In the last series we were lucky to experience a lot of spin-off from the order and subsequently these chairs were taken up by several important restaurants in London as well as a few private customers who still like the style of the spoon-backs with ca-brio legs and a carved flower at the apex.
This time we are to supply a mixture of side chairs and dining carvers to head the groups of tables. The fabric designed by Paul Smith is stripes, stripes and stripes in at least 6 variations. It is stressful work getting the fabric centred up on each chair and chair back with an uncountenanced amount of waste of a material which costs £100 a metre!
The Chair frame itself is a very strong construct. Although there is likely to be no rough-house behaviours in an establishment headed by Marco Pierre White, the chair would withstand the most abusive treatment. Each chair has a horse-shoe shaped stretcher or support bar, there are extra thick corner blocks and the wood is kiln dried to the n'th degree.
The Georgian shape is characterized by a sumptuous round back, which is routed or grooved for visual effect. The chair legs are tapered and fluted and adorned by a carved flower set in a tablet at the leg top.
The interface between the wood and the gorgeous fabric is a row of antique nail heads, tapped in by our craftsmen with a tiny hammer. We have been asked to lacquer the chairs in shiny black and very smart they look too.
If we have an opportunity to buy the chairs back from programme makers we will make them available to our clients and you may buy them in fours, sixes etc to adorn your dining rooms or entrance halls. If you would like Email notification if, as and when these limited edition babies come home, then contact us.
Any products sold on this website are sold on a first come first served basis.
In case you missed the show we have extracted a few seconds and repeated it a few times so you can see the chairs in action. Just click the play icon at the bottom left of the screen below.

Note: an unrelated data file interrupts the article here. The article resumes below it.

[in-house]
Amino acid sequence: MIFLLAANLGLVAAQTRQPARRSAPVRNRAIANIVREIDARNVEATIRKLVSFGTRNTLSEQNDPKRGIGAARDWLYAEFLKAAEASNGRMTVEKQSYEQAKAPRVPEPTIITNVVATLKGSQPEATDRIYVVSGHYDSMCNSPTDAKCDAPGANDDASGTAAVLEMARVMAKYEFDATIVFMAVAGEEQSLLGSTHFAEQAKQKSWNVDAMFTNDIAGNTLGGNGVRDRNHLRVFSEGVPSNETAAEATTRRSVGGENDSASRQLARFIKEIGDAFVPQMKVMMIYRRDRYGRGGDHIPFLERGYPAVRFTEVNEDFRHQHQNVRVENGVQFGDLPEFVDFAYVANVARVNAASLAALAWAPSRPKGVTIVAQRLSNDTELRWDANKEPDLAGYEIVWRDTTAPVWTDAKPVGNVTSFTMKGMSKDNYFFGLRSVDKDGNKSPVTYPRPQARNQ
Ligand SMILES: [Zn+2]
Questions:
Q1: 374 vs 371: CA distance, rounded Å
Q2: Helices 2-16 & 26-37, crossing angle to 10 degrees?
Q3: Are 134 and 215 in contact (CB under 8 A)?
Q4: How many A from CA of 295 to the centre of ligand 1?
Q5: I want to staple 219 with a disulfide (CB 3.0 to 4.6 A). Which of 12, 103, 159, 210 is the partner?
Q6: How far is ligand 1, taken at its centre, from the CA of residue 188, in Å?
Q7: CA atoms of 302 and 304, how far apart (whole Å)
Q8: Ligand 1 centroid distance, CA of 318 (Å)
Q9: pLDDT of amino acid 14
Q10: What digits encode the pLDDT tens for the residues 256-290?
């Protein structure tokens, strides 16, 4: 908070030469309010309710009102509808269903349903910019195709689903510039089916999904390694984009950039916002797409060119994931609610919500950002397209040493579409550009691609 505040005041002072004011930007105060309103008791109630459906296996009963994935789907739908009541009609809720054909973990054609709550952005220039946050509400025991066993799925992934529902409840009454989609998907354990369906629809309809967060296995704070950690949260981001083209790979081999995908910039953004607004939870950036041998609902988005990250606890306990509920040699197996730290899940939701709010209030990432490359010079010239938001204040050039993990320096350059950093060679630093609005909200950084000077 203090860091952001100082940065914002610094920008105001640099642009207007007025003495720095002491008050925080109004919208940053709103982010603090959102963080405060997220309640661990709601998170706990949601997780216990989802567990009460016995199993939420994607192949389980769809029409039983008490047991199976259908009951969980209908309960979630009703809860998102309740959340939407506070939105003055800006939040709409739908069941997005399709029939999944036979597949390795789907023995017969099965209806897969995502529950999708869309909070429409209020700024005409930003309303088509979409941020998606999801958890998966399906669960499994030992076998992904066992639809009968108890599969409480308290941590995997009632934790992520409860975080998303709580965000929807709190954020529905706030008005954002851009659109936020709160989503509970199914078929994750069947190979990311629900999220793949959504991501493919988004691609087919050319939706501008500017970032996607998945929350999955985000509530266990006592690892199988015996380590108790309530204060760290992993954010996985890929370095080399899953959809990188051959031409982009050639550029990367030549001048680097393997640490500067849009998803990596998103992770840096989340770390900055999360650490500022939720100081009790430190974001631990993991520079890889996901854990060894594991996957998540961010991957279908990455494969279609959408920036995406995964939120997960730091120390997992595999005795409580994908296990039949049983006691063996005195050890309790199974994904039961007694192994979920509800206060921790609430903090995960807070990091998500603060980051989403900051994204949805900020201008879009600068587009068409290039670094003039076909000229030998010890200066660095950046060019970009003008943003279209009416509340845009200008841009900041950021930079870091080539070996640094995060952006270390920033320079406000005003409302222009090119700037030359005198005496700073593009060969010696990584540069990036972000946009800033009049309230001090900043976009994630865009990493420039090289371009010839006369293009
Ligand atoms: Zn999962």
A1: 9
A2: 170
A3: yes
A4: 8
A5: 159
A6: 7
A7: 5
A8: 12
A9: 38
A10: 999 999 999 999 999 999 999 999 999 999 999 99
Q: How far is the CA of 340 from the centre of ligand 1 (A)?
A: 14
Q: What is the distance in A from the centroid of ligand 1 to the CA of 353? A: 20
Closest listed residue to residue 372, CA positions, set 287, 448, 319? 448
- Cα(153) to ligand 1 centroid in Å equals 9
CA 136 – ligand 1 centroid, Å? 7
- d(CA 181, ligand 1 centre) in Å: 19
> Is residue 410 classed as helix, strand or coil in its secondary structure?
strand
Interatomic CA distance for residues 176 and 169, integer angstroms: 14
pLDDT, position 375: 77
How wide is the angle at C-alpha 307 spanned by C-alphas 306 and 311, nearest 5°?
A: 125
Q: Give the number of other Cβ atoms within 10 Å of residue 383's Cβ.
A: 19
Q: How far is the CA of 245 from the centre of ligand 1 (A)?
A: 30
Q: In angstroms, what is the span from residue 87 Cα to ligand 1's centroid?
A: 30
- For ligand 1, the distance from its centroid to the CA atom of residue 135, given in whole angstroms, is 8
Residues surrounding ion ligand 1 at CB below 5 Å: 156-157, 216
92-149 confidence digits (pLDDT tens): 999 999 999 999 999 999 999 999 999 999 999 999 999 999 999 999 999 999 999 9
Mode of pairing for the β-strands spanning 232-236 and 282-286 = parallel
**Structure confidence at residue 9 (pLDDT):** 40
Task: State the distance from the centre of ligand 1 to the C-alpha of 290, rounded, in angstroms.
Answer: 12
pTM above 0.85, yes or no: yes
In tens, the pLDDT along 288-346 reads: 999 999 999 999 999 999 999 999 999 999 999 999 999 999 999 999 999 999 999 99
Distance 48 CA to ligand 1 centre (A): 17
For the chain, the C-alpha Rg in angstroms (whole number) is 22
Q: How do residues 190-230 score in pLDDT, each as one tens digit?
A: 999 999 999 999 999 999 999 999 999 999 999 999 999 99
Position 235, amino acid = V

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January is traditionally a very busy month. Our trade customers will have had a sale period, reduced their stock holdings and window displays and in theory, would be hungry for more stock. Hence the popularity of the Furniture Show at Birmingham's NEC. For many years The Febland Group have had a big stand at this fair, which is now succinctly entitled "The Interiors Event".
2009 was different in that many holes were evident in the halls, and that there were even less halls! Obviously, exhibitors were scarce on the ground and some exhibitors must have gone into receivership or possibly disappeared between paying for their stands and the start of the show. Such a stand was close to our display and the organisers generously allowed us to populate it. We quickly got the resident electricians to light it up (for an extortionate fee!) and we put all our bargain items on it with big tickets showing new and tempting prices.
On the first day of the show, (Sunday 18th) loads of people turned up and by noon the corridors were bursting with humanity. Amongst the throng however, there were few bona-fide furniture shop proprietors. The phenomenon of the e-tailers, designers looking for some impossible dream and the architectural students were obviously the major constituent of the attendees albeit with a fair sprinkling of reluctant children with their shopkeeper parents dragging them in on a Sunday. Some younger children protested by throwing their dummies out of their push chairs and some by sitting on every available chair and leaving DNA and fingerprints on EVERY piece of glass furniture.